Colin asked the Club Board for permission to post the following statement on the Club Website and, given the potentially precarious position facing the Club, we were unanimous in acceding to his request.

So what has the club board ever done for me?…

I’ve wrestled with what to write, given that what I am about to say will enrage some people.

Many will tell me it’s not appropriate to use a club platform to make a personal statement, however, given this may well be my final column, and given the consequences, I believe that fans, as well as members have a right to know what lies ahead.

You will know that Stirling Albion is fan owned. This ownership is represented by members, and the collective representation of the members is fronted by the Trust board. Their job is to reflect the views of their members.

The Trust board are required to hold an AGM. The Trust AGM agenda notification on 27th March lists voting on several resolutions, including two resolutions to remove club board members, Stuart Brown and John Daly.

This isn’t to suggest that members should not be entitled to raise concerns or resolutions relating to the ongoing running of the club, however the unplanned removal of club board members has ramifications on the ability to run the club on a day-to-day basis and beyond.

On speaking to members, these resolutions seem to be borne from two gripes:

1.Finding a target figure for what some have stated as a lack of progress on the field over the last 10 years.

2 The other seems to be because of a director’s personal style of interacting.

I find myself questioning how the club has managed to survive this long, given that, in effect, the members can hold an online popularity contest akin to voting someone off a reality TV show.

Stranger still is the apparent enthusiasm the owners representative board have for such public bloodletting, given that they have not stated publicly what happens if such a resolution is carried. This lemming like behaviour really is at odds to a club that I believe has loftier ambitions than a small minority intent on settling a vendetta of a few years past.

Turning to the plight of the two condemned men – neither being allowed to have a public say prior to the vote on 27th March, voting is in full swing, cajoled by an overtly non-neutral trust board member (awaiting co-option) making announcements along the way. Nothing to see here…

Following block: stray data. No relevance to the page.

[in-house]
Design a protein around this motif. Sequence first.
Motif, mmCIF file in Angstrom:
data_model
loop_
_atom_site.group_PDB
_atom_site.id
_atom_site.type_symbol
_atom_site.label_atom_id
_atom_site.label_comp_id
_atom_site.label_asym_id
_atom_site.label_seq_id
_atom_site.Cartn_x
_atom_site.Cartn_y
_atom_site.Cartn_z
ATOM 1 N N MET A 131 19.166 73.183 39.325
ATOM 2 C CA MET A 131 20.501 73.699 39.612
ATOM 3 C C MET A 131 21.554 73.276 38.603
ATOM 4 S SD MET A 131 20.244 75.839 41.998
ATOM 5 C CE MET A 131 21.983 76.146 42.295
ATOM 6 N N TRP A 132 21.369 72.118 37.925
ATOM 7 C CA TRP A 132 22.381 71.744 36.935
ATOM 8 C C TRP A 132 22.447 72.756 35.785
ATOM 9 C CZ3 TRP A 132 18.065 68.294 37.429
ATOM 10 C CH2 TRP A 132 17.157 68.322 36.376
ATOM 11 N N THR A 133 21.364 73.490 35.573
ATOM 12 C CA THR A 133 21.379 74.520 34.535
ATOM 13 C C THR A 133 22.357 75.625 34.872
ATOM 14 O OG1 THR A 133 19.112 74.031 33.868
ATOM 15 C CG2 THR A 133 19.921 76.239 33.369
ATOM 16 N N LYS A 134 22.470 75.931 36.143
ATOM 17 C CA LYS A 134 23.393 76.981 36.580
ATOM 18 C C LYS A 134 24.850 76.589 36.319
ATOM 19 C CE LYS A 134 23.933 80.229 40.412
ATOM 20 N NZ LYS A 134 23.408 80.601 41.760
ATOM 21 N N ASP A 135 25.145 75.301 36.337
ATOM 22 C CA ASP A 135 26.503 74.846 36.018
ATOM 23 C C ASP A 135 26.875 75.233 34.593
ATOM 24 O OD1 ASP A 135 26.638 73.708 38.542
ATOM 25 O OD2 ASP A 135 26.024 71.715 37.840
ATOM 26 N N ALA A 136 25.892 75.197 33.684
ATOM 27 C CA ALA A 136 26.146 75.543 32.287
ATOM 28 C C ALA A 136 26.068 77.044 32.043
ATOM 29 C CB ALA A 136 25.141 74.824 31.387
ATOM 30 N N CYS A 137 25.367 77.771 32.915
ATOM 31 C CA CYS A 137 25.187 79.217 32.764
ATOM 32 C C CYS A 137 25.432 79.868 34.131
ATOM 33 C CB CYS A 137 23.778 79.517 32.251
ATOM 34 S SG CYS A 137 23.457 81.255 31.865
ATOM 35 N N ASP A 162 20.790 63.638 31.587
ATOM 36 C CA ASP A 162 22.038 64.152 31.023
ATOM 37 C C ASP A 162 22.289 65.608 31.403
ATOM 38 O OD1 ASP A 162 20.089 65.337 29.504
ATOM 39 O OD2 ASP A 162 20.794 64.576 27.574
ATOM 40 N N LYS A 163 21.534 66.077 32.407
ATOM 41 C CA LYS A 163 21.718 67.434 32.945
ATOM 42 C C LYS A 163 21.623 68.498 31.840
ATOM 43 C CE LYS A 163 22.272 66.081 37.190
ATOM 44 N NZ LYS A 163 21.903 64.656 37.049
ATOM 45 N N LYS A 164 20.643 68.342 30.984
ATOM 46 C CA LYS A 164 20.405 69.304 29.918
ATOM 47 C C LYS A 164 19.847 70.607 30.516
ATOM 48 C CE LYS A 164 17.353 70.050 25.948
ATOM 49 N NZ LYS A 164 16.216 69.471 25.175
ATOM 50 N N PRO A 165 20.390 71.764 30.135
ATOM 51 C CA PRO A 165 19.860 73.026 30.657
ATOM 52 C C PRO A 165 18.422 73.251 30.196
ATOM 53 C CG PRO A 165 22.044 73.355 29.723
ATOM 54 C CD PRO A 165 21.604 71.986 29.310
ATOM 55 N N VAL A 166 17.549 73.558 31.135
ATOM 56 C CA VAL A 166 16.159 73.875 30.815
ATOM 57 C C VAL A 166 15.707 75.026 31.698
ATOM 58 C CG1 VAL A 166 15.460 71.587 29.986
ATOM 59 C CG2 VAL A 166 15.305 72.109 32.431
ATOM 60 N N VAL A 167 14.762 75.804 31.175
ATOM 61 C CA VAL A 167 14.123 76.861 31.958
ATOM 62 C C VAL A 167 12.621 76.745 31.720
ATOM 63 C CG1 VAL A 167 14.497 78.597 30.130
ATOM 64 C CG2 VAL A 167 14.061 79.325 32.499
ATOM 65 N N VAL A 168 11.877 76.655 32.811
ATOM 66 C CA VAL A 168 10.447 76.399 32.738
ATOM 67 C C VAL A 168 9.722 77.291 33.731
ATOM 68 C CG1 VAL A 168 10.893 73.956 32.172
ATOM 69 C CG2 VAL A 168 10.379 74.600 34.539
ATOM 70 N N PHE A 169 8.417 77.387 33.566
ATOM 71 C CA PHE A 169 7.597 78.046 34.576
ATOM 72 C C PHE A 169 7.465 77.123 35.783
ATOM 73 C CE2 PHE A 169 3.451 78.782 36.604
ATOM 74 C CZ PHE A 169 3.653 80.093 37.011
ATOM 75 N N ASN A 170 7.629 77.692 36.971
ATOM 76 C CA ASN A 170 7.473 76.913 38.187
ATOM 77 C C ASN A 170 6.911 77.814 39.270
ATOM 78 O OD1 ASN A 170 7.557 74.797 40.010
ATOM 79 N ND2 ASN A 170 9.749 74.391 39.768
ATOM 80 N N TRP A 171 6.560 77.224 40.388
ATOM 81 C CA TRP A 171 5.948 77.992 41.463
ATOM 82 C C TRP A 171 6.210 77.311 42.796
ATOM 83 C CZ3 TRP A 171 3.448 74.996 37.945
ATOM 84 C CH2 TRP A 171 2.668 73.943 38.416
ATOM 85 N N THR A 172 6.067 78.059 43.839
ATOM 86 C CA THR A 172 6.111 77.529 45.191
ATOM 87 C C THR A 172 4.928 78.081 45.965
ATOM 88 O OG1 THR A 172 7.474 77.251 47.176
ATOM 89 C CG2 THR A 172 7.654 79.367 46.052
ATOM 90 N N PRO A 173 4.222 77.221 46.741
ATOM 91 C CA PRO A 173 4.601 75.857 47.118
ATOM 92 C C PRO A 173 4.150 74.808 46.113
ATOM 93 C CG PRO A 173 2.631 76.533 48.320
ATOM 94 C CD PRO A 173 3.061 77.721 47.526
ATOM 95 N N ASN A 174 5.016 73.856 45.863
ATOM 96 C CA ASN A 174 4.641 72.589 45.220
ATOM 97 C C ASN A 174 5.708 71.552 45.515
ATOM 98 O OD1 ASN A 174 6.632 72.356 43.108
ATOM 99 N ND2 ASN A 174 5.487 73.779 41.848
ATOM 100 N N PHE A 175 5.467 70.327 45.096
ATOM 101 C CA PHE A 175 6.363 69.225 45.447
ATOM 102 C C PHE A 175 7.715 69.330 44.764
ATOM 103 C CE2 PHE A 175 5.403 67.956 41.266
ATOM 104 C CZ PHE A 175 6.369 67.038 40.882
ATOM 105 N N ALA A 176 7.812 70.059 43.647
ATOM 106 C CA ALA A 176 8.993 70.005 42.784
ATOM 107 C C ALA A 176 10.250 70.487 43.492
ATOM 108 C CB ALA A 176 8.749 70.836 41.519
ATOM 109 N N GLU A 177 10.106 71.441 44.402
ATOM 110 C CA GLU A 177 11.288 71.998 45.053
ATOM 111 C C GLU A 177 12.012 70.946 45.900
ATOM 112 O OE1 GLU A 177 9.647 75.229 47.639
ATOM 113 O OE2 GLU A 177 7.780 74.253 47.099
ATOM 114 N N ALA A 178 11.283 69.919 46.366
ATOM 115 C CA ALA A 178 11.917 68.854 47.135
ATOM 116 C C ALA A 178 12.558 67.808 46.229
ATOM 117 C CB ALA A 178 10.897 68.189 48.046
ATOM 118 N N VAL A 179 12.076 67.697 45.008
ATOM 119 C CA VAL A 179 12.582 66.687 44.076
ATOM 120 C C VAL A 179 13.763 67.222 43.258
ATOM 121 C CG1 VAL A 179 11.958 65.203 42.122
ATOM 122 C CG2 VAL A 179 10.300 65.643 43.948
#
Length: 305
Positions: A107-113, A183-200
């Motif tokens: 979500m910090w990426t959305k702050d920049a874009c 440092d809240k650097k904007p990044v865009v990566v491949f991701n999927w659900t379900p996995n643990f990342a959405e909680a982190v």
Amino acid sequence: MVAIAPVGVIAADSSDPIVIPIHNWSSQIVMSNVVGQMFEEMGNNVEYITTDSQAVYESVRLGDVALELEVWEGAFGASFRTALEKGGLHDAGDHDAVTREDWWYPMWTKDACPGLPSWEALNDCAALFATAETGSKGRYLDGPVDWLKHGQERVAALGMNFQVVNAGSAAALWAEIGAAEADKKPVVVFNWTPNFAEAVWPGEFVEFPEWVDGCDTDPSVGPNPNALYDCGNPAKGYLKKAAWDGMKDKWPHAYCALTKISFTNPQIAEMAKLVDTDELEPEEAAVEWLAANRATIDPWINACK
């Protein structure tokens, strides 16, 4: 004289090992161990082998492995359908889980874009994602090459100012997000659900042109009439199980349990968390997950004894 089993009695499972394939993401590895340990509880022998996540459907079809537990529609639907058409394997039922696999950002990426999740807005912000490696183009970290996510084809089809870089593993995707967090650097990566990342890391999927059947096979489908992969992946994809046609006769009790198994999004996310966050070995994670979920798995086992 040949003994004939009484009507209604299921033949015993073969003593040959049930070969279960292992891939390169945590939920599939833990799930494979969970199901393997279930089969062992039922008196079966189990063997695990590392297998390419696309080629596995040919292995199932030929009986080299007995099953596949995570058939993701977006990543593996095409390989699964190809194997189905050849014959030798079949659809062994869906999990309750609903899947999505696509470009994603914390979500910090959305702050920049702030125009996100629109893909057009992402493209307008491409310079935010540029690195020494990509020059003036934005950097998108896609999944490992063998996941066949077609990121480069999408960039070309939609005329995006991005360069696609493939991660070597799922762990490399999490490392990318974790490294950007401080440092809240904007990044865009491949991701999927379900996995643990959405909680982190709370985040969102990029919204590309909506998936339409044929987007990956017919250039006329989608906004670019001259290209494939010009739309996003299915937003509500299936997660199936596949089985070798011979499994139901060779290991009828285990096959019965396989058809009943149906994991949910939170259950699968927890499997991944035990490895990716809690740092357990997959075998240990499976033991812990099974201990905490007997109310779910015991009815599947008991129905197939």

I am perplexed as to why, as a club board member, I seemingly have no responsibility to bear for the progress of the club? That somehow, my views are either irrelevant or ignored. Perhaps, in some strange way, I’m “one of the good guys”, therefore have no case to answer in my 4 years on the board – a strange way to run any serious business. Everyone needs accountability, however, that should be stated in advance rather than pursuing whatever negativity exists within the echo chamber that we call social media.

I should therefore equally be accused of “blame” if that’s what people want to vote upon. Why is this a targeted and personalised campaign against Stuart whilst I seemingly “get away with it”?

Given the high-profile decisions made by other clubs resulting in headlines, surely, we can agree that the club board hasn’t committed any heinous crime? Sadly, some of the personalised attacks on social media would make you conclude that we had.

Stuart Brown goes about his business in a dignified and professional manner, impacting in ways that most fans don’t necessarily see. Most fans seem content in not knowing such details – that is until it comes to the issue of how his potential removal impacts on the club.

He is “rewarded” with expenses being paid – <£8k per annum. Hardly a drain on the club resources, and certainly not to the detriment of the playing squad budget. He routinely puts in 40-to-50-hour weeks with very little time off.

Without Stuart Brown at the helm creating the space and time for me to get involved in the things I do, I simply can’t perform my role.

My job is therefore untenable without a suitable level of support – and in the absence of any alternative, I’m left assuming that any alternative will almost certainly not include me, given the lack of communication.